[Editor: This article, regarding the hanging of Ned Kelly, was published in the “Latest telegrams” section of The Express & Telegraph (Adelaide, SA), 11 November 1880.]
The execution of Ned Kelly.
This morning the last survivor of the notorious Kelly gang paid the penalty of his crimes on the scaffold. For nearly two years Edward Kelly and his associates, after their brutal murder at Mansfield of the constables sent in pursuit of them, managed to set the law at defiance. In looking back on the career of the gang it is impossible to find any one mitigating trait in the conduct of its members, and society is to be congratulated that no false sympathy has been allowed to interfere with the course of justice.
It is needless to recall the incidents of the drama of crime in which Edward Kelly and his followers were the actors. Suffice it to say that their career was a remarkable one. Theirs was no ordinary success; immense plunder, comparatively speaking, came into their possession, and they long and successfully evaded capture.
But as Sir Redmond Barry in delivering judgment said with trenchant force, when pointing out what a warning their career should be to thoughtless and inconsiderate young men who might be so foolish as to believe that it is brave of a man to sacrifice the lives of his fellow-creatures in order to carry out his own wild ideas — “A felon who has out himself off from all the decencies, all the affections, charities, and obligations of society, is as helpless and degraded as a wild beast of the field. He has nowhere to lay his head, he has no one to prepare for him the comforts of life, he suspects his friends, he dreads his enemies, he is in constant alarm lest his pursuers should reach him, and his only hope is that he may use his life in what he considers a glorious struggle for existence.”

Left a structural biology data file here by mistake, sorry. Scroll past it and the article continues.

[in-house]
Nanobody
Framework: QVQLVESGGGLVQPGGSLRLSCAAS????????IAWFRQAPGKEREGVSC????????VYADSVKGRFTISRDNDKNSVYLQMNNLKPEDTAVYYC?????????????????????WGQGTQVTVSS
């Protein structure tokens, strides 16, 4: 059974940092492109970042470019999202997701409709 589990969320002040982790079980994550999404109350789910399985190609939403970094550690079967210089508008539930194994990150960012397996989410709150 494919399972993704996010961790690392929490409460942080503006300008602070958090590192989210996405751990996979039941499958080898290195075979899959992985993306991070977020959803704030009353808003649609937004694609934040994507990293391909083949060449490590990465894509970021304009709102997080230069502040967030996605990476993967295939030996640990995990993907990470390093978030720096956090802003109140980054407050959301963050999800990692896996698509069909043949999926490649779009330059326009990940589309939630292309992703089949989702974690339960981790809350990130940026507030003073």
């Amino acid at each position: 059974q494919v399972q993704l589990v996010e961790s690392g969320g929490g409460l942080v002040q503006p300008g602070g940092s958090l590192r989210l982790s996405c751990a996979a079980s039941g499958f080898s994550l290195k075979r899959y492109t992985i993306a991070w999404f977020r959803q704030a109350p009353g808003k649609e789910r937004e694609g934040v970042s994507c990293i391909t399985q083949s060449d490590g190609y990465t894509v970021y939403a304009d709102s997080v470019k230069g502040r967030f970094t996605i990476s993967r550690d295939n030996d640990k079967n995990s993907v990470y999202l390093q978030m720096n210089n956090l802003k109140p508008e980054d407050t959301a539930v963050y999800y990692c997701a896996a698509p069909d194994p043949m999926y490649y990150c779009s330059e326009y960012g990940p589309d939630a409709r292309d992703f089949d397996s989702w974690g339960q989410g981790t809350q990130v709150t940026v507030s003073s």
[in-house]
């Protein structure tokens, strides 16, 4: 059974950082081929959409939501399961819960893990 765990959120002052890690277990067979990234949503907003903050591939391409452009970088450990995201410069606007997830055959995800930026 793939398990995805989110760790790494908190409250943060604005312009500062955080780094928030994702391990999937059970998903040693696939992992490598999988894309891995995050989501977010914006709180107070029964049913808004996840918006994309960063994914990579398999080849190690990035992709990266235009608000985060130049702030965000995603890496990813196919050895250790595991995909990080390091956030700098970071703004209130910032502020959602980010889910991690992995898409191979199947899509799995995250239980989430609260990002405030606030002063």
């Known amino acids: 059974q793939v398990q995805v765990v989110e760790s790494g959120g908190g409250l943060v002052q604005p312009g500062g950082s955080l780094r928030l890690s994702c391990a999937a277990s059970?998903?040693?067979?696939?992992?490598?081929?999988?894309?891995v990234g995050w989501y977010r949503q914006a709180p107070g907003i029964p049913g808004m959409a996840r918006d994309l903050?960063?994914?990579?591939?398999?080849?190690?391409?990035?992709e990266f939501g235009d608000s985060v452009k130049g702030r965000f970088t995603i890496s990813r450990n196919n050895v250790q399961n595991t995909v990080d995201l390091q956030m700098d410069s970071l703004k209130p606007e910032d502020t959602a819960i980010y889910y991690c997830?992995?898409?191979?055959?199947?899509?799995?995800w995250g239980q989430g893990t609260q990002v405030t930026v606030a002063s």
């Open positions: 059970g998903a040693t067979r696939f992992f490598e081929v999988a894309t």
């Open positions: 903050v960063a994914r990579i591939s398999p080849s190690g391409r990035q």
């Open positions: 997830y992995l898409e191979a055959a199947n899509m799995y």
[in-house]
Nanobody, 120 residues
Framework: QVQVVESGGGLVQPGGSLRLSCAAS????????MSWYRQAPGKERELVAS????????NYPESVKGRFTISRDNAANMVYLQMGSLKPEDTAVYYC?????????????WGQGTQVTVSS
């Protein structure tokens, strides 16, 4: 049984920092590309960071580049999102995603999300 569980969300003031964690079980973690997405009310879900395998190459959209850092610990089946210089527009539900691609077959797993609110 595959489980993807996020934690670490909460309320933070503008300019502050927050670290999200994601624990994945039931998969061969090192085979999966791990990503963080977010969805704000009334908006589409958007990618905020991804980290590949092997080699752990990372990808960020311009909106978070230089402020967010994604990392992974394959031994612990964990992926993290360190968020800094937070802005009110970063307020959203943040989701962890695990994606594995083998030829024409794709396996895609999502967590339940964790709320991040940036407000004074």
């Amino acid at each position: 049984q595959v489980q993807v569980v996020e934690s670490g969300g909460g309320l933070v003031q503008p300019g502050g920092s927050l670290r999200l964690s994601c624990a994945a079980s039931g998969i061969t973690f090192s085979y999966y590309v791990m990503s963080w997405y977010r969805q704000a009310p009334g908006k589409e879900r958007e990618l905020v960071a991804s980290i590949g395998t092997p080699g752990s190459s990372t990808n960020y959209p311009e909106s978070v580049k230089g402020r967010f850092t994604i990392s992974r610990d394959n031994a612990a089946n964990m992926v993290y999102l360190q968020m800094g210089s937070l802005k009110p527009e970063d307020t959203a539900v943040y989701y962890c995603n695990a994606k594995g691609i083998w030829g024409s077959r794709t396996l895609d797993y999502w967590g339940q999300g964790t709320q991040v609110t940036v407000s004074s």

These words depict with terrible accuracy the career of the Kelly gang, when its bare unvarnished facts are received without the glamour of mistaken sympathy or misconceived romance. Their ill-gotten gains were for the most part squandered in buying the silence of those who would otherwise have betrayed them. Like hunted beasts, they had to move from one hiding-place to another, ever in dread of pursuit or capture. Theirs is a miserable history with a wretched conclusion, and ought emphatically to prove to future generations that retribution must finally overtake even the most successful of felons.
It is to be hoped therefore that the raising of the black flag to-day at Melbourne Gaol will be the last episode in the chronicles of bushranging in Victoria.
The Express & Telegraph (Adelaide, SA), 11 November 1880, p. 2 (Second Edition)
Melbourne Gaol = a gaol (jail) in Melbourne, opened in 1845 (closed 1924, now a museum)
Redmond Barry = Sir Redmond Barry (1813-1880), judge; he was born in Ballyclough (County Cork, Ireland) in 1813, came to Australia in 1839, and died in East Melbourne in 1880
See: 1) Peter Ryan, “Barry, Sir Redmond (1813–1880)”, Australian Dictionary of Biography
2) “Redmond Barry”, Wikipedia
[Editor: The original text has been separated into paragraphs.]
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